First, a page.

Right arm and hand, then left arm and hand
Neck and shoulders
Body scan meditation
This is a type of meditation that that focuses your attention on various parts of your body. Like progressive muscle relaxation, you start with your feet and work your way up. But instead of tensing and relaxing muscles, you simply focus on the way each part of your body feels, without labeling the sensations as either “good” or “bad”.
Lie on your back, legs uncrossed, arms relaxed at your sides, eyes open or closed. Focus on your breathing for about two minutes until you start to feel relaxed.
Turn your focus to the toes of your right foot. Notice any sensations you feel while continuing to also focus on your breathing. Imagine each deep breath flowing to your toes. Remain focused on this area for one to two minutes.
Move your focus to the sole of your right foot. Tune in to any sensations you feel in that part of your body and imagine each breath flowing from the sole of your foot. After one or two minutes, move your focus to your right ankle and repeat. Move to your calf, knee, thigh, hip, and then repeat the sequence for your left leg. From there, move up the torso, through the lower back and abdomen, the upper back and chest, and the shoulders. Pay close attention to any area of the body that causes you pain or discomfort.
After completing the body scan, relax for a while in silence and stillness, noting how your body feels. Then slowly open your eyes and stretch, if necessary.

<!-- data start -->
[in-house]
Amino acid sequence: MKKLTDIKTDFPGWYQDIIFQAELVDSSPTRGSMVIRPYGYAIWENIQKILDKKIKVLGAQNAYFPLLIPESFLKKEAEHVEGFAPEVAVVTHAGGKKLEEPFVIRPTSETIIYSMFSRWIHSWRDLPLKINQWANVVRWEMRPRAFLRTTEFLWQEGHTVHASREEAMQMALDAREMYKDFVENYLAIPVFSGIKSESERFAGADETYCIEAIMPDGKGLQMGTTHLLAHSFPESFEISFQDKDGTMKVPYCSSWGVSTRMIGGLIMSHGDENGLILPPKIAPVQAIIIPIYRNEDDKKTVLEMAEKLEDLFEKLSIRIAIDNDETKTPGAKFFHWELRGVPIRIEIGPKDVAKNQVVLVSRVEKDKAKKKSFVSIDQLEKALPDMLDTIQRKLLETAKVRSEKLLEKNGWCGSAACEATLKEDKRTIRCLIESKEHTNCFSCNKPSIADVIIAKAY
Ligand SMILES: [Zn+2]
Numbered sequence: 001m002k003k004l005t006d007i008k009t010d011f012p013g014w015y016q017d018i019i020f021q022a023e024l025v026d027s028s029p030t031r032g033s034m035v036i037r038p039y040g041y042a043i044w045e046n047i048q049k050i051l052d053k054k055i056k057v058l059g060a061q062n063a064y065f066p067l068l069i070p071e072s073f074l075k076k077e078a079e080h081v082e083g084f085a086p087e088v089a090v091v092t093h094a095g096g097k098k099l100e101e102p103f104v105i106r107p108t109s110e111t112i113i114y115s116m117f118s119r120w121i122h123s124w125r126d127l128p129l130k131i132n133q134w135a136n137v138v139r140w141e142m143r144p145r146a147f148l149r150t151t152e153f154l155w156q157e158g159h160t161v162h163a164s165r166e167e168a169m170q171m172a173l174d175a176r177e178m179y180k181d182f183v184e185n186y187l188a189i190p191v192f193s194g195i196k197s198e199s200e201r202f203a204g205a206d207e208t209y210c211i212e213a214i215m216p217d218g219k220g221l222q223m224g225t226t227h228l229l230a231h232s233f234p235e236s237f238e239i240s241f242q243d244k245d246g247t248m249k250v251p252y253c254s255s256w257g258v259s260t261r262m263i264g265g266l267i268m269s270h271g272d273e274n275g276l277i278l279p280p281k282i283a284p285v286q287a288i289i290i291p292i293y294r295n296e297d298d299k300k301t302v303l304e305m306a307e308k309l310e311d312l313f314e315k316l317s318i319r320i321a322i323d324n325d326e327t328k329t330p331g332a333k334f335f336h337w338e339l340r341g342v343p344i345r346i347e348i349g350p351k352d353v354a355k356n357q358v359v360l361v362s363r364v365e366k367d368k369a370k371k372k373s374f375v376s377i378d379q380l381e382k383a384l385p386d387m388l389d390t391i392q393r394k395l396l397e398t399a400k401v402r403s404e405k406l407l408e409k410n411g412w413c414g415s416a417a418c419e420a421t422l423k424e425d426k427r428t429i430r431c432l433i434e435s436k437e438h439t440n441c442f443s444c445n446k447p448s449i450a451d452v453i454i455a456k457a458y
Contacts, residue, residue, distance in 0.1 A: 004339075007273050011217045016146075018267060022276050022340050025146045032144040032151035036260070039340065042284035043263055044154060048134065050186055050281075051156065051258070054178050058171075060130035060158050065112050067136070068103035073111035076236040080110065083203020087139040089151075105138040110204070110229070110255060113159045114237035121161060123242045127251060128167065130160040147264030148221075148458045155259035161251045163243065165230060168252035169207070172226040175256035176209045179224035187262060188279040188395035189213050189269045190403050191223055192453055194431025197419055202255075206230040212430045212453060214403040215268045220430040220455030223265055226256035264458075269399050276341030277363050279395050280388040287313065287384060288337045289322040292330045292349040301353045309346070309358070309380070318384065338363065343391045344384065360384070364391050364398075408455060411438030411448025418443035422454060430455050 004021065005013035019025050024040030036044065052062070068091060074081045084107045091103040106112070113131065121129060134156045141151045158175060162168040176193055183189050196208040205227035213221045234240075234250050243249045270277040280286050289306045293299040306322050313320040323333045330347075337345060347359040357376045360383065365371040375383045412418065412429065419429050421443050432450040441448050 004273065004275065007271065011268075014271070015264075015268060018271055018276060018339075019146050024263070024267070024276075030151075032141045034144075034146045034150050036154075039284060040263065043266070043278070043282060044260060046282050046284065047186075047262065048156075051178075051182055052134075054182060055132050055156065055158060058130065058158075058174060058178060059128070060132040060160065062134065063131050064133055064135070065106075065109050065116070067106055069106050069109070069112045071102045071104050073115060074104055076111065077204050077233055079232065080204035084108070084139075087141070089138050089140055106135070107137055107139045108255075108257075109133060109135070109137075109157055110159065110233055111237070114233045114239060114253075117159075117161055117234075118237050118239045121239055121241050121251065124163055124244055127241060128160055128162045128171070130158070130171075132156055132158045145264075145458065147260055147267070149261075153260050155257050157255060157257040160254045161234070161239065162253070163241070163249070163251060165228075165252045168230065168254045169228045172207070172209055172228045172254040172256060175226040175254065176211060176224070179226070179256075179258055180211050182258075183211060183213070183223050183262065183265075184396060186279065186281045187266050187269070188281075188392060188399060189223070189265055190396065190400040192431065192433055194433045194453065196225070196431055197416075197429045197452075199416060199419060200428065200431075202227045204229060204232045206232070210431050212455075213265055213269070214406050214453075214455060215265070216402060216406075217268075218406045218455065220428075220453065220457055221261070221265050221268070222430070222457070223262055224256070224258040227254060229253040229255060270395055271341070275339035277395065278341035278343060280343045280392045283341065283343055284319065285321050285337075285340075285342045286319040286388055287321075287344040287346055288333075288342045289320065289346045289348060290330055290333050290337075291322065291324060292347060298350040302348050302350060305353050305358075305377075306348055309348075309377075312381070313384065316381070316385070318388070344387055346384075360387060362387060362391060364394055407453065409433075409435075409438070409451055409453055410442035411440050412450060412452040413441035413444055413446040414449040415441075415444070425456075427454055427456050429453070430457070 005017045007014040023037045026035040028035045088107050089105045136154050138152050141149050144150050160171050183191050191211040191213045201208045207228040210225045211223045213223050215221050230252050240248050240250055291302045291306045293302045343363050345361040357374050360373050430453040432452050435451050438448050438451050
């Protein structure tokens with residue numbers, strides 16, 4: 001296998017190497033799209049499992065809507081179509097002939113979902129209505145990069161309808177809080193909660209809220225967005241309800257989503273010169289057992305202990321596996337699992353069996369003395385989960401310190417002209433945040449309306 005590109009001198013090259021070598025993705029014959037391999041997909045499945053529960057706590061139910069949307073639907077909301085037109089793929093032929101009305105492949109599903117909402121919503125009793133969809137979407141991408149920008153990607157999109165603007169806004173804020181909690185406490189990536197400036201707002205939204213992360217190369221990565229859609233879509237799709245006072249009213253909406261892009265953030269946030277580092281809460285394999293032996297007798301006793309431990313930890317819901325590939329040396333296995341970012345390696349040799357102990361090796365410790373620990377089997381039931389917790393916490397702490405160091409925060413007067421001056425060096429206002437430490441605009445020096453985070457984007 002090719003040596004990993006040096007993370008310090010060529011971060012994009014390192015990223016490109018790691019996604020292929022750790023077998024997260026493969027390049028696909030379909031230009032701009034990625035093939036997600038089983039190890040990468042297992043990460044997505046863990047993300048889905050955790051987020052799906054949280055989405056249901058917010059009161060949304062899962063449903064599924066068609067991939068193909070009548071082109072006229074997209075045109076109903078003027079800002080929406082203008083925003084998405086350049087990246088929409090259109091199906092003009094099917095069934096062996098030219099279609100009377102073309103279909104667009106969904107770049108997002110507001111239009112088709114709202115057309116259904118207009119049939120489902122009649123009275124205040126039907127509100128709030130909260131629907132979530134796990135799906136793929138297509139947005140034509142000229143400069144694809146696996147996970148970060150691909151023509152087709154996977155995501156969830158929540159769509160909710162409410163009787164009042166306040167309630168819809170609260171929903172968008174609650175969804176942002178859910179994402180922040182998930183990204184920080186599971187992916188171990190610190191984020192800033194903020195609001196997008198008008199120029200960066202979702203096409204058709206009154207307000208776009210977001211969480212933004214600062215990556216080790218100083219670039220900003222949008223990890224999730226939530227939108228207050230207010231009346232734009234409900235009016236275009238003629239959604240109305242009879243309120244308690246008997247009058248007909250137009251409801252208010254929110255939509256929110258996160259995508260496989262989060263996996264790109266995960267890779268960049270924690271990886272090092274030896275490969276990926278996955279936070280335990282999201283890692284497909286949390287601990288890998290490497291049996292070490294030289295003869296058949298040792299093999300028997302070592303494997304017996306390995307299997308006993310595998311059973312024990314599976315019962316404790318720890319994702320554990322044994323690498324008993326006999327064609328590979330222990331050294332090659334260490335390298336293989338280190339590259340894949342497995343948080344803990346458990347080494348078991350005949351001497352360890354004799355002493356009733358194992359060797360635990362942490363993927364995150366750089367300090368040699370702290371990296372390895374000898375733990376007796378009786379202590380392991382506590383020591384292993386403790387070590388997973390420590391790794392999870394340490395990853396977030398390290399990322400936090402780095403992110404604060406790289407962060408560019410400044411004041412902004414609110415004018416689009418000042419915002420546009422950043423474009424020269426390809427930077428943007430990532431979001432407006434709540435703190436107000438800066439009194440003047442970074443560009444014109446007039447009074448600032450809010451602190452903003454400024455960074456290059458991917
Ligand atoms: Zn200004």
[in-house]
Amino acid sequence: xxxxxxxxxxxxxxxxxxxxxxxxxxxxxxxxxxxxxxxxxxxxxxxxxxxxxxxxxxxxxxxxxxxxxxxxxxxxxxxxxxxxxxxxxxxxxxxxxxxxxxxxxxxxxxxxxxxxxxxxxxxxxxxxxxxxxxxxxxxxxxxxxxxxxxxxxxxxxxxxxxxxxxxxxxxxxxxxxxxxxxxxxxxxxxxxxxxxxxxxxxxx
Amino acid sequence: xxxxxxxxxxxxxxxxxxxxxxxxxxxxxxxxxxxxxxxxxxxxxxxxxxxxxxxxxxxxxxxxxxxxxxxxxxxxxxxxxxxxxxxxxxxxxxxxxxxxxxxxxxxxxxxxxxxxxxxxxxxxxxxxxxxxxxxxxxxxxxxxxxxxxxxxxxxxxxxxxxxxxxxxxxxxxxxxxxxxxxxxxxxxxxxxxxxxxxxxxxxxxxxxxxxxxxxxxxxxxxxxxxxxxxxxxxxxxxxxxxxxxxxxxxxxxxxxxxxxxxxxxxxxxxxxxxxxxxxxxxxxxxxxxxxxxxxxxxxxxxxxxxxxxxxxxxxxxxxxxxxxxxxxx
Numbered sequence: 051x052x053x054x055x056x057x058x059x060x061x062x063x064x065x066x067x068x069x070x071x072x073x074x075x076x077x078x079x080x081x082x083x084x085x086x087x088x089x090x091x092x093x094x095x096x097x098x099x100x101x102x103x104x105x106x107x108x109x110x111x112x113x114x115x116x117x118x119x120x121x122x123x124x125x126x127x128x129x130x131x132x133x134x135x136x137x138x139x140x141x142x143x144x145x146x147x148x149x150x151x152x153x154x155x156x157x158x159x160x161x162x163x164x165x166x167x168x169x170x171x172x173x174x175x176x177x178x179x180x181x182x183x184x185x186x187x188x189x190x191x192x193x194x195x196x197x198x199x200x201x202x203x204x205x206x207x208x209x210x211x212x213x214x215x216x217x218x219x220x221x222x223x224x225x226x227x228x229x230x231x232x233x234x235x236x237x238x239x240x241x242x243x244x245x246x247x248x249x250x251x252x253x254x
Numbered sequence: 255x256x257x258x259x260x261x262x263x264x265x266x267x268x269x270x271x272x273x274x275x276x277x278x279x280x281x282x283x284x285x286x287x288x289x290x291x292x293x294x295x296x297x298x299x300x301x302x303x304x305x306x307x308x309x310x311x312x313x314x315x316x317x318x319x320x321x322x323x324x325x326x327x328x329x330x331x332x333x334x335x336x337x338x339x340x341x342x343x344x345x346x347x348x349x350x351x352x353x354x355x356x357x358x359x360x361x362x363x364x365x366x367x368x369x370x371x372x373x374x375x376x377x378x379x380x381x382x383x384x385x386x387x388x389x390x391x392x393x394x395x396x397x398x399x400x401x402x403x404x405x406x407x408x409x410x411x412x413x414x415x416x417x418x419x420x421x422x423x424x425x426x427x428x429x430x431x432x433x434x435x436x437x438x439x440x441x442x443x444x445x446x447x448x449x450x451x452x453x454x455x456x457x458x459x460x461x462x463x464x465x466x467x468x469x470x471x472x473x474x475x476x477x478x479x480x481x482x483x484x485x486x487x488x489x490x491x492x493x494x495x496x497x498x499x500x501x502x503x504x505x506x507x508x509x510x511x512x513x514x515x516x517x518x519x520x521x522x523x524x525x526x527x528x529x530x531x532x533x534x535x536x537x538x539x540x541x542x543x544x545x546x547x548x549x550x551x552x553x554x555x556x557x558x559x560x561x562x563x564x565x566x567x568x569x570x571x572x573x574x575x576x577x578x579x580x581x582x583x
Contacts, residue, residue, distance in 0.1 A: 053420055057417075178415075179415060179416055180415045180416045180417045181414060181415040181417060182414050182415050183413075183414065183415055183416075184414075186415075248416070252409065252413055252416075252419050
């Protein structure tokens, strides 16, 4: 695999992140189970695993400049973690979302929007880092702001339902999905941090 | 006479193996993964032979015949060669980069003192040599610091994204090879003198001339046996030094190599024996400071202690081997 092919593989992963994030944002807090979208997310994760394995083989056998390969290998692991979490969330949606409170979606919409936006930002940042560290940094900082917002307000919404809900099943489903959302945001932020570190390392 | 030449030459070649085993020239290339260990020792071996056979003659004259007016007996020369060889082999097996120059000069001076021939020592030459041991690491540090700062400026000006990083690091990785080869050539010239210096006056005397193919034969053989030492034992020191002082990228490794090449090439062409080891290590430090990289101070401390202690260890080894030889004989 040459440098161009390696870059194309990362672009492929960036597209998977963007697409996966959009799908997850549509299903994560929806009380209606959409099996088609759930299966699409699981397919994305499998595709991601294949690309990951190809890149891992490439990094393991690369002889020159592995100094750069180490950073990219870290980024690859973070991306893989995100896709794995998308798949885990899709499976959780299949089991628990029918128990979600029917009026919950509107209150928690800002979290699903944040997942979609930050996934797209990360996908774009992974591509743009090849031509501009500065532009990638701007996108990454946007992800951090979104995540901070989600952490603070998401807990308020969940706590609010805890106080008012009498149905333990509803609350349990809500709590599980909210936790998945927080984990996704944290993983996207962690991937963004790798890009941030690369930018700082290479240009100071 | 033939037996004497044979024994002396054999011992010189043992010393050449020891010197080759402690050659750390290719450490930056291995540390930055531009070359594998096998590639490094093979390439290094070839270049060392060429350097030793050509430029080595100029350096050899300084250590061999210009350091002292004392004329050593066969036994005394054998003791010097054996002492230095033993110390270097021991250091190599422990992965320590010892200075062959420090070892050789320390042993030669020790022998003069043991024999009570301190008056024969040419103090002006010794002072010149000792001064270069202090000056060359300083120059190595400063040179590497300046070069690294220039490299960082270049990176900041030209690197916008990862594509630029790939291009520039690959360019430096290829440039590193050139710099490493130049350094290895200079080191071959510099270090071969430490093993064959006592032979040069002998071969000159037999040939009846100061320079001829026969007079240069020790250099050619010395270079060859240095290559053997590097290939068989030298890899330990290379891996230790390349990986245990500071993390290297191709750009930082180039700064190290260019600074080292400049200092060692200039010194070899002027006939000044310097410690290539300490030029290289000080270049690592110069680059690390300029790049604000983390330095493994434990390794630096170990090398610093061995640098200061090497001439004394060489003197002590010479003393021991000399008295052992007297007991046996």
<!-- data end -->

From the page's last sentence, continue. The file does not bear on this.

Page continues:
Rather than worrying about the future or dwelling on the past, mindfulness meditation switches the focus to what’s happening right now, enabling you to be fully engaged in the present moment.
Meditations that cultivate mindfulness have long been used to reduce stress, anxiety, depression, and other negative emotions. Some of these meditations bring you into the present by focusing your attention on a single repetitive action, such as your breathing or a few repeated words. Other forms of mindfulness meditation encourage you to follow and then release internal thoughts or sensations. Mindfulness can also be applied to activities such as walking, exercising, or eating.
A basic mindfulness meditation:
Find a quiet place where you won’t be interrupted or distracted.
Sit on a straight-backed chair or cross-legged on the floor.
Find a point of focus, such as your breathing—the sensation of air flowing into your nostrils and out of your mouth or your belly rising and falling—or an external focus, such as a candle flame or a meaningful word that you repeat throughout the meditation.
Don't worry about distracting thoughts that go through your mind or about how well you're doing. If thoughts intrude during your relaxation session, don't fight them, just gently turn your attention back to your point of focus.
Rhythmic movement and mindful exercise
The idea of exercising may not sound particularly soothing, but rhythmic exercise that gets you into a flow of repetitive movement can be very relaxing. Examples include:
For maximum stress relief, add mindfulness to your workout
While simply engaging in rhythmic exercise will help you relieve stress, if you add a mindfulness component on top, you’ll get even more benefit.